The National Academy of Sciences has elected to membership Professors John C. Branner, of Stanford University; William H. Holmes, of the Bureau of American Ethnology; William H. Howell, of Johns Hopkins University; Arthur A. Noyes, of the Massachusetts Institute of Technology, and Michael l. Pupin, of Columbia University. M. Henri Becquerel, of Paris, and Professor Paul von Groth, of Munich, have been elected foreign associates.
Professor E. B. Frost has been appointed director of the Yerkes Observatory by the trustees of the University of Chicago, in succession to Professor G. E. Hale, who gives his whole time to the establishment of the new Solar Observatory of the Carnegie Institution at Mt. Wilson, Cal.—Professor John F. Jameson, head of the department of history at the University of Chicago, has been offered the post of director of the Bureau of Historical Research in the Carnegie Institution, Washington, D. C. This position is vacant through the return of Professor J. Lawrence Laughlin to the University of Michigan.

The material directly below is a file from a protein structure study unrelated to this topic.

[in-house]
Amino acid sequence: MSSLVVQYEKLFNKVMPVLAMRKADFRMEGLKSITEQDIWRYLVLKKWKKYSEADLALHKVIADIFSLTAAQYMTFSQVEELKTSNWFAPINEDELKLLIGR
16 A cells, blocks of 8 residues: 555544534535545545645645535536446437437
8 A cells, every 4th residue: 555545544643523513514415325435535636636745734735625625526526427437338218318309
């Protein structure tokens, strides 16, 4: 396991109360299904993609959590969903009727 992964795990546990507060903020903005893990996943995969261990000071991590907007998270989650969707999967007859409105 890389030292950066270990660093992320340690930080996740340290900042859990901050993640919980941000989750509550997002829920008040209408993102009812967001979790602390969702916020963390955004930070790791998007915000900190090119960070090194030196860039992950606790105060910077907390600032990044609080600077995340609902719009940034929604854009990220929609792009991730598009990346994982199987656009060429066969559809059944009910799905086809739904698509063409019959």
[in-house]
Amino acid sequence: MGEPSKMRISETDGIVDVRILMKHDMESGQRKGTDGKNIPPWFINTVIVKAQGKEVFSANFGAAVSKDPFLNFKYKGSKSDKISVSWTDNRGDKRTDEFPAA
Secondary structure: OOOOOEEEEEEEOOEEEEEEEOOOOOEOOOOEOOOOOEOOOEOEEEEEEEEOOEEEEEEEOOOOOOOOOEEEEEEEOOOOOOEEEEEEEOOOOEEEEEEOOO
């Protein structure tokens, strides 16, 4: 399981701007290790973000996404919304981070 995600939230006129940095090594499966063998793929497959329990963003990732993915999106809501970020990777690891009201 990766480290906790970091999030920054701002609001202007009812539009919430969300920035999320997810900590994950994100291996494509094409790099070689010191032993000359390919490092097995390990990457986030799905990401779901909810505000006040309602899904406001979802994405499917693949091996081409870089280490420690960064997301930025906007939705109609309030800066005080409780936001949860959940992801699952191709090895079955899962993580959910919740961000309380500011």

Lord Rayleigh is about to retire from the professorship of natural philosophy at the Royal Institution, which he has held for eighteen years. He will be made honorary professor. Lord Rayleigh has given twenty-three Friday evening discourses and twenty-one courses of afternoon lectures at the institution.—Sir Patrick Manson has been invited to give the Lane lectures at the Cooper Medical College, California, this year. He will lecture on some aspect of tropical diseases.—Professor Hugo Münsterberg, of Harvard University, has declined the offer of a chair of philosophy, tendered to him by the University of Königsberg.